University of California
California Fish Website

Fish Species


 Common Name Pacific Lamprey
 Scientific Name Entosphenus tridentata
 Native Yes
 Identification
Pacific lamprey, captured in rotary screw trap on Sacramento River at Knight's Landing. Photo by Dan Worth, California Department of Fish and Game.
Pacific lamprey, captured in rotary screw trap on Sacramento River at Knight's Landing. Photo by Dan Worth, California Department of Fish and Game.

Pacific lamprey (mouth), captured in rotary screw trap on Sacramento River at Knight's Landing. Photo by Robert Vincik, California Department of Fish and Game.
Pacific lamprey (mouth), captured in rotary screw trap on Sacramento River at Knight's Landing. Photo by Robert Vincik, California Department of Fish and Game.

Pacific lamprey juvenile (albino), captured in rotary screw trap on Sacramento River at Knight's Landing. Photo by Robert Vincik, California Department of Fish and Game.
Pacific lamprey juvenile (albino), captured in rotary screw trap on Sacramento River at Knight's Landing. Photo by Robert Vincik, California Department of Fish and Game.

  • Largest of CA lampreys, commonly exceed 40 cm TL, dwarfs exist
  • Two dorsal fins, slightly separated, 2nd dorsal continuous with caudal fin
  • Body segments (myomeres): 62-71
  • Males: taller dorsal fins, anal fin absent, may possess small genital papillae
  • Females: short dorsal fins, possess anal fin
  • Larvae: 68-70 segments between anus and last gill opening, dark back and lower oral hood
  • Newly morphed adults silvery in color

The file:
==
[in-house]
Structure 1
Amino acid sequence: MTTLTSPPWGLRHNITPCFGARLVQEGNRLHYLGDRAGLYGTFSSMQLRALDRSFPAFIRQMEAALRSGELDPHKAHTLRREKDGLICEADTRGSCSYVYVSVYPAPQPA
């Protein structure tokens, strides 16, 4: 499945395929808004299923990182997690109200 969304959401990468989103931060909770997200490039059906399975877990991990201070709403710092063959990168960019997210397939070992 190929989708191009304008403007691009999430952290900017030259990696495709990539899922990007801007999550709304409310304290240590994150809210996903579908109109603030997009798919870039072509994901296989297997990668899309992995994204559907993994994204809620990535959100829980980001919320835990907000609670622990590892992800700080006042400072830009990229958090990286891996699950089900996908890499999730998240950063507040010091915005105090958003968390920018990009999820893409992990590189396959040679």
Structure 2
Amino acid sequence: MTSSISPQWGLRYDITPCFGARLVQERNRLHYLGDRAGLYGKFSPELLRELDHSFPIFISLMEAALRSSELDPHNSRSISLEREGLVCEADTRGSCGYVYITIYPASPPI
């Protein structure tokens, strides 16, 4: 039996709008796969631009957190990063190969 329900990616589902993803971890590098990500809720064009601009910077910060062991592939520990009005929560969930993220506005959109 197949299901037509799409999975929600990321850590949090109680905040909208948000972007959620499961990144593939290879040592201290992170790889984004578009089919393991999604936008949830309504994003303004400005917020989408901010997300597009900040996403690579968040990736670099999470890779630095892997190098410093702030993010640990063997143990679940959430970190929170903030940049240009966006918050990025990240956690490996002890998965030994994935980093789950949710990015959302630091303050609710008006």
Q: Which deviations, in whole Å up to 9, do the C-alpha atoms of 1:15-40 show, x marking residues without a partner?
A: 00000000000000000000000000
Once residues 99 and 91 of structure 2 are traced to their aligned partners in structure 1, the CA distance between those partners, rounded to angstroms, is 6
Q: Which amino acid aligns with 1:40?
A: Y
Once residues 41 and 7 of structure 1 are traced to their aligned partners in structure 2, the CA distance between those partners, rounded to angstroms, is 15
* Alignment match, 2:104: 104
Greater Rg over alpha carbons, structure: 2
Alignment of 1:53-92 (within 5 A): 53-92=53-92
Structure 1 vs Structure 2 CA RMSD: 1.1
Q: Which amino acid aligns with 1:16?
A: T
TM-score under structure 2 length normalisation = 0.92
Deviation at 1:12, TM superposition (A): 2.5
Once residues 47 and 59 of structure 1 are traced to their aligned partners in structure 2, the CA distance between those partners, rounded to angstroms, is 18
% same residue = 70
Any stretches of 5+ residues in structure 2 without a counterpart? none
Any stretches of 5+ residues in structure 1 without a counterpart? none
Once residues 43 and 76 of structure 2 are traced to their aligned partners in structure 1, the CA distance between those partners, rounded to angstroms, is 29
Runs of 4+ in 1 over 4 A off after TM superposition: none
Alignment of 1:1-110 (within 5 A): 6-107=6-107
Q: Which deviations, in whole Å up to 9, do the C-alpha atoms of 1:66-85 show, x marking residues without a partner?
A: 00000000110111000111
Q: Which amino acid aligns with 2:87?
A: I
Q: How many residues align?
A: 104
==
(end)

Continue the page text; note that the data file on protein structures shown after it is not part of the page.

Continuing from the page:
• Spawning adults: dark greenish black
  • Oral disc 6-8% of TL
  • Sucking disc full of horny plates
  • Supraoral lamina has 1 small center cusp and 2 larger lateral cusps
  • Inner lateral plates (4) on each side: middle 2 tricuspid, outer 2 bicuspid
  • Tongue ends in 14-21 small points, center point largest

 

 Life History Pacific Lampreys are usually anadromous with two very distinct parts of their life cycle, though some landlocked forms of lamprey exist. Pacific Lampreys begin their life cycle as an ammocoete or larvae, usually within a freshwater stream. Ammocoetes burrow tail first into mud or soft substrate where they filter feed on algae and organic matter. The larval lampreys often move around the stream in their 5-7 year stay in freshwater. When the ammocoetes reach a length of around 14-16 cm TL they begin a drastic change in physiology and physical appearance. The larval lampreys take on a silvery form with large eyes and a sucking disc. The newly morphed lampreys swim downstream to the Pacific Ocean where they take on a new predatory lifestyle in an estuarine or saltwater environment. Lampreys rarely stray far from the mouth of their home stream. Pacific Lampreys attack and feed on fish including salmon and flatfish. The stay at sea usually lasts 3-4 years in Canada but may be shortened in more southern populations. Like salmon, the lampreys return to freshwater and migrate upstream to spawn and die. Most upstream movement occurs during the night under high flow conditions, and some streams have different runs of lampreys. Runs may be different in the timing of entry to freshwater or in the amount of time spent in freshwater before breeding occurs. Breeding males and females dig a nest in moderately swift water by removing rock and gravel from the stream floor. A female will attach herself to a rock upstream of the nest, and the male will attach himself to the female or to a nearby anchor. The female releases 20,000 to 200,000 eggs in total, and the male releases his milt. The nest is then covered by stirring the substrate upstream of the fertilized eggs. Often one female will have her eggs fertilized by multiple males, as individual nests may be constructed in close proximity to others. Usually the male and female then die, though studies have shown that some adult lampreys live to spawn again the following year. The embryos hatch after roughly 19 days, and the resulting ammocoetes often stay within the safety of the gravel substrate before venturing into the current.

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